What is an Apostille & why do I need one

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Apostille is a French word, which means a certification.

On October 5, 1961, many nations joined to create a simplified method of “legalizing” documents for universal recognition. This group of nations is known as the Hague Convention. They adopted a document referred to as an Apostille (apostilla) that is internationally recognized by all member nations.

Documents issued in one country which need to be used in another country must be “authenticated” or “legalized” before they can be recognized as valid in the foreign country. This is a process in which various seals are placed on the document.

The sole function of the apostille certification is to certify the authenticity of the signature on the document; the capacity in which the person signing the document acted; and the identity of any stamp or seal affixed to the document. An apostille stamp issued by the New York State Secretary of State is a one page document embossed with the Great Seal of the State of New York. The Apostille includes the facsimile signature of the individual issuing the certificate.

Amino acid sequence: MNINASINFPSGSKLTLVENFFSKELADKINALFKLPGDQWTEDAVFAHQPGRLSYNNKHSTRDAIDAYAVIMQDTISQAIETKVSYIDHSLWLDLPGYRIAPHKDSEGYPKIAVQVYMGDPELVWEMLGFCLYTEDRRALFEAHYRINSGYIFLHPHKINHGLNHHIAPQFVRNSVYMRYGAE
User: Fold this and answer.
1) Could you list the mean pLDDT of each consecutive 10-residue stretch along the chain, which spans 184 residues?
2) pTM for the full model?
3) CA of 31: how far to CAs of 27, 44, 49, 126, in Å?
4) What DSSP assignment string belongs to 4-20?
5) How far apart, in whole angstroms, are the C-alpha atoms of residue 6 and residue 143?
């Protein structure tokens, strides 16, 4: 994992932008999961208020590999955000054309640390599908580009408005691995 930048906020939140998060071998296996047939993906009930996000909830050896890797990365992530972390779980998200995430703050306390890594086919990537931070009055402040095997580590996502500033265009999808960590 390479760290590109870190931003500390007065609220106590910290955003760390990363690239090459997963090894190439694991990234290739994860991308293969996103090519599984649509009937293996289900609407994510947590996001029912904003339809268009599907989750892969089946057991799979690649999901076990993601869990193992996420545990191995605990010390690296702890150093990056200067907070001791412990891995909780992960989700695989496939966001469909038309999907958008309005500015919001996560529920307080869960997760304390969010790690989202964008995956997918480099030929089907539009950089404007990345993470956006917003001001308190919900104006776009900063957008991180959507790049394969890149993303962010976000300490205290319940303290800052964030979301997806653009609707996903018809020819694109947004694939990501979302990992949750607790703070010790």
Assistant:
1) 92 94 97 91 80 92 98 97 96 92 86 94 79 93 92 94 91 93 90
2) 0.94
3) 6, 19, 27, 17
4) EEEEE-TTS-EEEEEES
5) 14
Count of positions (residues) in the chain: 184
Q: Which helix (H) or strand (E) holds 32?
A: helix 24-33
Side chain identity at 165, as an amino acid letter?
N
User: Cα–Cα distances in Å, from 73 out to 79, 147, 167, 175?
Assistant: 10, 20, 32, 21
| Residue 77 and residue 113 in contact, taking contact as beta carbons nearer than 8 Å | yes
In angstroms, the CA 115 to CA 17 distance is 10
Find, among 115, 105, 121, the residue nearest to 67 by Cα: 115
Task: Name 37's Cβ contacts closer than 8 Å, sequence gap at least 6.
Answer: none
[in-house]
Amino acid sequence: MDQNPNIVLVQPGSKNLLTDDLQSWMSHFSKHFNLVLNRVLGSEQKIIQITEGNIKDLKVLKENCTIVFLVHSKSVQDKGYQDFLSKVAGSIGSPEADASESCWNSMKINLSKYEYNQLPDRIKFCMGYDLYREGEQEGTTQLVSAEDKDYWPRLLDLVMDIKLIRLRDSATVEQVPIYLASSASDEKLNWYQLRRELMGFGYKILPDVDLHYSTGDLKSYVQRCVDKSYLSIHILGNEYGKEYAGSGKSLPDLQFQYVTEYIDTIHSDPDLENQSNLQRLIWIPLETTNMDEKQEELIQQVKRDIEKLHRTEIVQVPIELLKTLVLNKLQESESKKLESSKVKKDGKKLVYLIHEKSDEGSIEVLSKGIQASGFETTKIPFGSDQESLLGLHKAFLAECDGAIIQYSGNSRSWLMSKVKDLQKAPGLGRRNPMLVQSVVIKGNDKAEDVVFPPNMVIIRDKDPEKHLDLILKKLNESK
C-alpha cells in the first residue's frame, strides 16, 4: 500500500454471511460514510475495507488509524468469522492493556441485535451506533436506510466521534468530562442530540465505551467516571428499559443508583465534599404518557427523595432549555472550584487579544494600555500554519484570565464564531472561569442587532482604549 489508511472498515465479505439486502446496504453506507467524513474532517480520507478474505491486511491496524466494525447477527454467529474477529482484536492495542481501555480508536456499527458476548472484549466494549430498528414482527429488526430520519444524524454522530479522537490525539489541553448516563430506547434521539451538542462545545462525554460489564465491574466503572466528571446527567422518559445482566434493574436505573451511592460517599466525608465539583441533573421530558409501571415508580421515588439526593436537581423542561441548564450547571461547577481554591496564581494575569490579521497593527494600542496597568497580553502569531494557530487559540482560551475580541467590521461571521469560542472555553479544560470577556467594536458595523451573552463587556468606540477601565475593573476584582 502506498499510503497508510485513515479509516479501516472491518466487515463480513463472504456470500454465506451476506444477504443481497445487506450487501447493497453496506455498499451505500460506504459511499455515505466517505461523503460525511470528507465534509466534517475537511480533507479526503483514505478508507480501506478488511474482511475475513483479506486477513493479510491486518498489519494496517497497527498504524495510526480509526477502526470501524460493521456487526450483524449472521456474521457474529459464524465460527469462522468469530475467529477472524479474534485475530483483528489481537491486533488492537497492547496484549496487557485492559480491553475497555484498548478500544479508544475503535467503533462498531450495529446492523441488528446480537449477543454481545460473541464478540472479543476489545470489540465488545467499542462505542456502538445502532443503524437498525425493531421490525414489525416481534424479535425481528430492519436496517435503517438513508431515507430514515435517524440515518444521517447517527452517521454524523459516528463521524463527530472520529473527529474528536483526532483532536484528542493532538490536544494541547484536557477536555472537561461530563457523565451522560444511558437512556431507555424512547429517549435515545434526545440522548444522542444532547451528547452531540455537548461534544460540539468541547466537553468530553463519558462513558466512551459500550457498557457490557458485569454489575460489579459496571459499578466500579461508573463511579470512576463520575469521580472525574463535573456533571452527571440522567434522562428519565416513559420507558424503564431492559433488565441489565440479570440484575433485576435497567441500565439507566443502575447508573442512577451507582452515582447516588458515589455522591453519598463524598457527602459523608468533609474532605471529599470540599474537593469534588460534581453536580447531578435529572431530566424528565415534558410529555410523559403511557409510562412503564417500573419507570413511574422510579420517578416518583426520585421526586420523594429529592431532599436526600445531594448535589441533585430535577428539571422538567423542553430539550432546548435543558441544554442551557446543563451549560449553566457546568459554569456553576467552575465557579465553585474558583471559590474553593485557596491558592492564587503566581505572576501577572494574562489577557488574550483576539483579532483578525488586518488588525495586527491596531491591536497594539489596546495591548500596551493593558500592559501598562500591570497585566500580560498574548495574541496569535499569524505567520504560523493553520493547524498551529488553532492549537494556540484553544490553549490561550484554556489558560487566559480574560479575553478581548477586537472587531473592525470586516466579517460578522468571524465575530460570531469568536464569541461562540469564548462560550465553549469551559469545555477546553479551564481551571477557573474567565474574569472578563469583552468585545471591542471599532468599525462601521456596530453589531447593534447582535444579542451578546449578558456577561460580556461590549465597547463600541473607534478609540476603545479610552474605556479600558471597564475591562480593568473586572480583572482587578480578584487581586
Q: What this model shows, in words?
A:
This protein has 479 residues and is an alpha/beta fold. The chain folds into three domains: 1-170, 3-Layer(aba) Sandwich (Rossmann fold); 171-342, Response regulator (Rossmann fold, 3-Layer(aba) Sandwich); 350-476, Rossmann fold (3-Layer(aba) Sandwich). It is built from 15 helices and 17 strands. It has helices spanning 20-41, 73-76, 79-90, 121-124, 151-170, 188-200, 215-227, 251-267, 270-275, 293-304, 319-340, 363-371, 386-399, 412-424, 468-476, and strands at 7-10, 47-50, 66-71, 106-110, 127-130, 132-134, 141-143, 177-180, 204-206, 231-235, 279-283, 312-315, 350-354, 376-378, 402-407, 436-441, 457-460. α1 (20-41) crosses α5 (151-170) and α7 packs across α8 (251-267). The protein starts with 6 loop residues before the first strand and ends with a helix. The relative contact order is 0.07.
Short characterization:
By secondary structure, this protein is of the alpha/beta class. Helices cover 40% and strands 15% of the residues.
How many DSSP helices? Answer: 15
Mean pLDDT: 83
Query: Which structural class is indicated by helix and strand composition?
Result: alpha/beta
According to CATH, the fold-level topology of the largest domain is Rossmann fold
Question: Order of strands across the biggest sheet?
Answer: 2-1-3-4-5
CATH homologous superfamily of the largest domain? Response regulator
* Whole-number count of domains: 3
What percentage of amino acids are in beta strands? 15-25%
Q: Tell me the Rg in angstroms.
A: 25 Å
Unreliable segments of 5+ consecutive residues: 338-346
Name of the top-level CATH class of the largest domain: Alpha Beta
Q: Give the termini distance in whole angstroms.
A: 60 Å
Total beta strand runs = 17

If the country where the document will be used is not a party to the Hague Convention, you will have to begin the cumbersome, time-consuming process of obtaining a series of certifications known as the “chain authentication method”. This is literally a paper chase in which authorities will have to attest to the validity of a succession of seals beginning with your document and ending with the seal of the foreign embassy or consulate in the United States.

Every US state has their own method of issuing an Apostille. They all begin with the notary stamp and the certification of that stamp by the proper authority.

At NYNOTARY4U we can handle getting your Apostille for from any state, provided it was been properly notarized by a notary appointed or commissioned in that state.

Alan Murray
Notary & Apostille Service